The living room was kept cold and was sealed off during the entire winter, as was the small guest bedroom that my father had made by erecting a wall that cut the living room in half. The bedroom was opened for guests, who came frequently and often unannounced. This was a habit among Nebraska's Greek immigrants; they treated one another's houses and restaurants like wayside inns where they expected to find overnight lodgings and good food, all for free. In our house they had to endure the plastic coverings my father kept on all the furniture to protect the upholstery, another of his economizing measures. But my mother loved the company and saw these visits as great social occasions.
Other visitors stayed longer. I would arrive home from school to find that a new crop of my father's relatives from Greece had shown up, wearing odd clothes and carrying old suitcases tied up with twine, and had taken over the guest bedroom where they would stay for months while they worked at the cafe. This, I later learned, was by prearrangement: their labor in exchange for room and board and small wages that would give them footholds in America and allow them to move on, the same path my father had taken. But in contrast to the vacationers, these visitors were a burden on my mother, who had to clean up after them, do their laundry, and cook for them when they weren't eating at the cafe. My father argued that it saved money on wages.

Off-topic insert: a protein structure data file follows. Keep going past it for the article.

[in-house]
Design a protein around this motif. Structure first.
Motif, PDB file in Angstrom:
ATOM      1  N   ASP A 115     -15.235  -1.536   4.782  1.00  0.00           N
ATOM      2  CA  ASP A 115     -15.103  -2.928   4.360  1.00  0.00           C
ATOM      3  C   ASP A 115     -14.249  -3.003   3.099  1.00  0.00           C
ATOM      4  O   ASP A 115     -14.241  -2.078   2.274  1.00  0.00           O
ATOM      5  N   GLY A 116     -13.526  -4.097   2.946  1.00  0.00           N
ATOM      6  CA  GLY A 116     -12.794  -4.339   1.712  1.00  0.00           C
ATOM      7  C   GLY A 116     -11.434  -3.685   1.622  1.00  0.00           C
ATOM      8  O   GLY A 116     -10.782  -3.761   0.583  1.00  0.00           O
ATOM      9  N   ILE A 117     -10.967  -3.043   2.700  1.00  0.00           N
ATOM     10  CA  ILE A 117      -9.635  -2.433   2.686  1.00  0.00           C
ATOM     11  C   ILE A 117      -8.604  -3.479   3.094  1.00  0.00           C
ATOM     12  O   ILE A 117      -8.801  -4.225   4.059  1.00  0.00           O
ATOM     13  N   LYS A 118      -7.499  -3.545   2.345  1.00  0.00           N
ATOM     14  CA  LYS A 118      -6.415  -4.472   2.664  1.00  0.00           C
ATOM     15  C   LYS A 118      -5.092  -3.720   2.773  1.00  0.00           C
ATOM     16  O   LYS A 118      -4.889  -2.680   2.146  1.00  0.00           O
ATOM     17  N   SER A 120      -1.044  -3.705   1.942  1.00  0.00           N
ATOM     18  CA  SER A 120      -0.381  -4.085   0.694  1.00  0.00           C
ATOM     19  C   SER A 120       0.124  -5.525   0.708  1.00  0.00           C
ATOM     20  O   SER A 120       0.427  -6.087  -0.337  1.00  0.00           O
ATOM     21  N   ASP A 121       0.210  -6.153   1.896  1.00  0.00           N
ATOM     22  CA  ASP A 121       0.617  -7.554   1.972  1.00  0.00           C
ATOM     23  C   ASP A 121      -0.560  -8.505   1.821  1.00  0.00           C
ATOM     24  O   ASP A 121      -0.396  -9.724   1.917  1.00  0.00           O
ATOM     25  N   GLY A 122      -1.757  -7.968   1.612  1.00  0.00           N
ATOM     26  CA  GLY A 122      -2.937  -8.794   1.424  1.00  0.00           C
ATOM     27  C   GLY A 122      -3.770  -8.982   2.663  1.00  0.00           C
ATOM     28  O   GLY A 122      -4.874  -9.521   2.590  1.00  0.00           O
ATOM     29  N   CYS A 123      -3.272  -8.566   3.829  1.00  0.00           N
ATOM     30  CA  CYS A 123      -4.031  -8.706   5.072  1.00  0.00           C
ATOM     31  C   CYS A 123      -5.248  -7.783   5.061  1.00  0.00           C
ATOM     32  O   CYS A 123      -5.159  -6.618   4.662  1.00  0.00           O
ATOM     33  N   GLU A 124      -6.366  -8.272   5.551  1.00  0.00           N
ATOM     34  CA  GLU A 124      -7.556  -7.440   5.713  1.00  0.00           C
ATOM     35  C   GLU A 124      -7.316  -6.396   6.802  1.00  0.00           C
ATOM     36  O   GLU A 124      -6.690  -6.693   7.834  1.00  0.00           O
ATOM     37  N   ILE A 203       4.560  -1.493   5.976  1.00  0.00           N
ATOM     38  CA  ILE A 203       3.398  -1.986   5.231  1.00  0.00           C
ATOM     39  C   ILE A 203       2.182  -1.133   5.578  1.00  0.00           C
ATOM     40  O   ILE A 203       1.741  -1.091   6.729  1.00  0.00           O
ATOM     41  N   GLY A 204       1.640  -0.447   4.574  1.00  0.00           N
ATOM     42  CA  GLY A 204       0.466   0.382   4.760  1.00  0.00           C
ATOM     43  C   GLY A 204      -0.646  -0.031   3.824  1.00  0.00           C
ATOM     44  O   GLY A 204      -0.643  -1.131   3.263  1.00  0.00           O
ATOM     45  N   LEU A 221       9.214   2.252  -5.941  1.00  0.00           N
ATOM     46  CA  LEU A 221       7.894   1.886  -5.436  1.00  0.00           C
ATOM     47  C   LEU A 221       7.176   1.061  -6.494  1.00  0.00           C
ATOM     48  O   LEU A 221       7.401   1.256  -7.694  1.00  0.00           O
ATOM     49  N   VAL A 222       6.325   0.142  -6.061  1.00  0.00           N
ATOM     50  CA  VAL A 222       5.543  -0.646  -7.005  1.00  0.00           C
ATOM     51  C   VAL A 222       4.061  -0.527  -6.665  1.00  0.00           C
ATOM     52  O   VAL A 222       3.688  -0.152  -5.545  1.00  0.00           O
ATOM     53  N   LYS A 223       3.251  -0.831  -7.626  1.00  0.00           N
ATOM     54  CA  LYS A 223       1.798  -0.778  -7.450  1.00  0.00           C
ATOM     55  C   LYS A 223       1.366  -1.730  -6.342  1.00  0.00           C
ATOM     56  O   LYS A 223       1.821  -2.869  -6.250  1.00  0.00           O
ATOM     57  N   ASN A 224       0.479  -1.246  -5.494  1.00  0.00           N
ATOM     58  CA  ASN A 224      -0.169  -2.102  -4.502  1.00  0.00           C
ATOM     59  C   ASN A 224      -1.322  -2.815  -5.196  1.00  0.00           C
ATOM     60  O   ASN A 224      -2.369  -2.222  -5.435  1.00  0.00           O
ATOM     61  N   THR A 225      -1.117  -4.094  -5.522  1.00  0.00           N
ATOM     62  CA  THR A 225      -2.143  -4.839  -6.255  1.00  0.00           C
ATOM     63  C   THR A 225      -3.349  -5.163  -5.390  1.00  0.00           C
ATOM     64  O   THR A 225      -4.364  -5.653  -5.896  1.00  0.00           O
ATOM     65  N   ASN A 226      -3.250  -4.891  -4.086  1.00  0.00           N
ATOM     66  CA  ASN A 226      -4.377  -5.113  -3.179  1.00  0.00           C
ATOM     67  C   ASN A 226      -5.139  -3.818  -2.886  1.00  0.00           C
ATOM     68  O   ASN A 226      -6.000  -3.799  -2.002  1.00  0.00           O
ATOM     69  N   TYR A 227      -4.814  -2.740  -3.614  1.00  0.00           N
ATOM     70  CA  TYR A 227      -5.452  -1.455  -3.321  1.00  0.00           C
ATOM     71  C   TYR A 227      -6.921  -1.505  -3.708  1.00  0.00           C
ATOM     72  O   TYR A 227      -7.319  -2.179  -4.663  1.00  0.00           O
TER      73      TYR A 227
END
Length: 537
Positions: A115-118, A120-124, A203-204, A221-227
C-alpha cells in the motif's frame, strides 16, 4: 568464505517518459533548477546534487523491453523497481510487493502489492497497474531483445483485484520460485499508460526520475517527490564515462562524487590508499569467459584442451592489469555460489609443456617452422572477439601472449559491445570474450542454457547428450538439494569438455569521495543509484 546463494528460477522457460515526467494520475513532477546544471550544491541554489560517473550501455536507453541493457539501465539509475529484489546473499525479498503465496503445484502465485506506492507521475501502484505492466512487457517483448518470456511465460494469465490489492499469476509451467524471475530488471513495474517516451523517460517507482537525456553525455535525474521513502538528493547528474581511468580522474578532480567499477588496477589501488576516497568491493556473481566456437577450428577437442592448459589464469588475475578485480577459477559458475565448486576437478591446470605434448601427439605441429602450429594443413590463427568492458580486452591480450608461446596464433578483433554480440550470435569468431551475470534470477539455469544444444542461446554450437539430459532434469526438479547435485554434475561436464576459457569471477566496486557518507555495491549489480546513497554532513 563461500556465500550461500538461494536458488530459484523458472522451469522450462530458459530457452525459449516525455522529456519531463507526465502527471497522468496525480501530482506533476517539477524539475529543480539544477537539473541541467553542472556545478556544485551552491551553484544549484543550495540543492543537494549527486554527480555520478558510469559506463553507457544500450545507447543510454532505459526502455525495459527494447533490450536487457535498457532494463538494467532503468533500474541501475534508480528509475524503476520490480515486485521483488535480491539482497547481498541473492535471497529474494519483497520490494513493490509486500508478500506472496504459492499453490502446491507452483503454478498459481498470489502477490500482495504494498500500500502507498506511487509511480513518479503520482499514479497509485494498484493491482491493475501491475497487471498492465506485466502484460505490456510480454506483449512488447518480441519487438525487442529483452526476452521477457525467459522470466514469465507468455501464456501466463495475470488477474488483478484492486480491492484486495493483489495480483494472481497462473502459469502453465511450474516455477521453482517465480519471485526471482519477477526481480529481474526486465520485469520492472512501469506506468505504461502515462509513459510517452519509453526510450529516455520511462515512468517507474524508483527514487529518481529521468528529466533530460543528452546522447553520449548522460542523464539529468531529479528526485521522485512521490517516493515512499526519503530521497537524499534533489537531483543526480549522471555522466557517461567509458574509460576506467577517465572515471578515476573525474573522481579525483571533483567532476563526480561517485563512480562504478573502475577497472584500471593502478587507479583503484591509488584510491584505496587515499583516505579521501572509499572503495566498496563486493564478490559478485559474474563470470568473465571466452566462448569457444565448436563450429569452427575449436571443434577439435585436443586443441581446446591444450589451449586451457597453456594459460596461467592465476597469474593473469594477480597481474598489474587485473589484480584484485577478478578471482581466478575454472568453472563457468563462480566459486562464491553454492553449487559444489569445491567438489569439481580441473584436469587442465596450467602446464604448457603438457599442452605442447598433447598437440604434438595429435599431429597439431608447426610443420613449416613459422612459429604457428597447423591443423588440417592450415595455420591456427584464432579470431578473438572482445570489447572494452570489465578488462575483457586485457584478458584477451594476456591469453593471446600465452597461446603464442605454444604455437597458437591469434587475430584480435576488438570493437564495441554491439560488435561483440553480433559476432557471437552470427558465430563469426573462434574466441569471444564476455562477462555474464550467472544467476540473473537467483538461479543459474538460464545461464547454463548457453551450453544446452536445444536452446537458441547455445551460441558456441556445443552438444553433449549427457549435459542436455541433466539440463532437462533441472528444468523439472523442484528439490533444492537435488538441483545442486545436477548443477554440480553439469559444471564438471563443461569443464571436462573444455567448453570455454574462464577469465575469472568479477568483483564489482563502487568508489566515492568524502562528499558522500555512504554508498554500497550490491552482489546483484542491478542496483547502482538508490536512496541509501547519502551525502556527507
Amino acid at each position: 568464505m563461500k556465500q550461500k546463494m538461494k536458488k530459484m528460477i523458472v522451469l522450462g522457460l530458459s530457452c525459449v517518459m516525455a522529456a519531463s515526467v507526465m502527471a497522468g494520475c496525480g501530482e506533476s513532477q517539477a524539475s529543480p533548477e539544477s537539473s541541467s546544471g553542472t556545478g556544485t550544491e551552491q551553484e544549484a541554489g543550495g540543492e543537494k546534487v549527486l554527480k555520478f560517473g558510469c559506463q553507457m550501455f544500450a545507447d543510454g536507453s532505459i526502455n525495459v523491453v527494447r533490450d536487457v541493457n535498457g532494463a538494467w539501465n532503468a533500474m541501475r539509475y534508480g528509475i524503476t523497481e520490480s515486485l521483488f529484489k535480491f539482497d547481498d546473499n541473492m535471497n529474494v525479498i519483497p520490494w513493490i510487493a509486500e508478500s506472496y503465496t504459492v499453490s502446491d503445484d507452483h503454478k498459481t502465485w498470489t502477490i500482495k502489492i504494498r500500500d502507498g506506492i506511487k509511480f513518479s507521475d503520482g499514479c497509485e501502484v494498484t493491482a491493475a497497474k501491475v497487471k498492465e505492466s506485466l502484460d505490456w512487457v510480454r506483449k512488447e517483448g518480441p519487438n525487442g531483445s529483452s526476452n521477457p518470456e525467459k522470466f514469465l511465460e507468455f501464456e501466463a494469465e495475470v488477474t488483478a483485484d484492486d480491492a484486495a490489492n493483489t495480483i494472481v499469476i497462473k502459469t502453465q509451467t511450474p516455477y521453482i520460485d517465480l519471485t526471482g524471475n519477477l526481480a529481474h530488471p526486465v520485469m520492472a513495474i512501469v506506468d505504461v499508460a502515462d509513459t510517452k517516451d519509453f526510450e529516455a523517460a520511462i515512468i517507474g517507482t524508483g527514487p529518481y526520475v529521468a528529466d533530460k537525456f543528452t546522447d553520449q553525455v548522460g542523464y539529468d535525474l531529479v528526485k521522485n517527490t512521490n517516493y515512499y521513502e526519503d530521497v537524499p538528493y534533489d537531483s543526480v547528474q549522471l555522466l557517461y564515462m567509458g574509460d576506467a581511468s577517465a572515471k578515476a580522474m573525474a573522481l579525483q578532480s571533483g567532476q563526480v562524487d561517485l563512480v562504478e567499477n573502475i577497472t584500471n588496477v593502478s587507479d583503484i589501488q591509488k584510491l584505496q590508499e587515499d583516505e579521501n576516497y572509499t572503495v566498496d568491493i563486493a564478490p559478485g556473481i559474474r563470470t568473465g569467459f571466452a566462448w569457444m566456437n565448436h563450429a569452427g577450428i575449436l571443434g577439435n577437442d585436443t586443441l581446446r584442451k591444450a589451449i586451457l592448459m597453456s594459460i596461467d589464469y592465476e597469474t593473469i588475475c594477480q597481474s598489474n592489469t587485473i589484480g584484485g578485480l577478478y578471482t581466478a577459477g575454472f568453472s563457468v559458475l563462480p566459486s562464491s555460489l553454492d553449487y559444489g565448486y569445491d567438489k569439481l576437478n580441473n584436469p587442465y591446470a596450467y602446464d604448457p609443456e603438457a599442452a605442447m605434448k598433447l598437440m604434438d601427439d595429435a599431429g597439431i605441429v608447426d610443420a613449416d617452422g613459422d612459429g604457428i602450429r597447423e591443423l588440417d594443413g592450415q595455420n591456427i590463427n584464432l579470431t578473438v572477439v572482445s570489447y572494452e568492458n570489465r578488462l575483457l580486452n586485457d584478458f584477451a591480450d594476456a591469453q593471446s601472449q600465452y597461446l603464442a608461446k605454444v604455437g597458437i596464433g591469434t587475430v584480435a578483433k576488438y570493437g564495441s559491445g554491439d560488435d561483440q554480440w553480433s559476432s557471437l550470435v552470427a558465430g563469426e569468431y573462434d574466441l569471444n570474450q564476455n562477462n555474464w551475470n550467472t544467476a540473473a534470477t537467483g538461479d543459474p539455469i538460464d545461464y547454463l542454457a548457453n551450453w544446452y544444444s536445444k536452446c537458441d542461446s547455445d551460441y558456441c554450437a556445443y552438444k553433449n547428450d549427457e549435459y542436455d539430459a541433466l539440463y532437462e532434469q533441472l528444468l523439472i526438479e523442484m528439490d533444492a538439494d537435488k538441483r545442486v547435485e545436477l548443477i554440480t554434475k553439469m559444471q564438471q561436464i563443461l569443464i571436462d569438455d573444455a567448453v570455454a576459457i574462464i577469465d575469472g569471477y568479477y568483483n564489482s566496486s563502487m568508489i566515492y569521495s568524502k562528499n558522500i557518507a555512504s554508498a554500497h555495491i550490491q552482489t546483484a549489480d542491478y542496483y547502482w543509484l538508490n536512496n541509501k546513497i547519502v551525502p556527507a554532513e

He also saved money on the party line telephone, an antique term that piqued interest in my grandchildren until they learned that it meant a line shared by three neighbors, on which a nosy neighbor could listen to your conversations. And I remember my mother's shouted call to "Close the lights!" when someone left a room, knowing that lights left burning would bring my father's wrath. "Economia!" he hurled at her. "Economia!" Even today, when I leave a room, I need to "close the lights."
My father's economies at the cafe extended well beyond the paper towels. To keep his costs low, he would go to the markets and pick up day-old vegetables and fruit, and whatever else he could purchase at a discount. He produced some of the better restaurant meals in Kearney with this provender, and some of his most popular dishes, like meatloaf, were made from the previous day's leftovers. He did his own butchering in the restaurant kitchen. From his experience at the meatpacking plant in Milwaukee, he could look at a loin of pork and know exactly how many pork chop tenderloins he could cut from it. He could attack a quarter of beef with a meat saw and a butcher knife and reduce it to steaks, short ribs, fat and lean cuts for stew and hamburger, and bones for soup stock, with hardly any waste.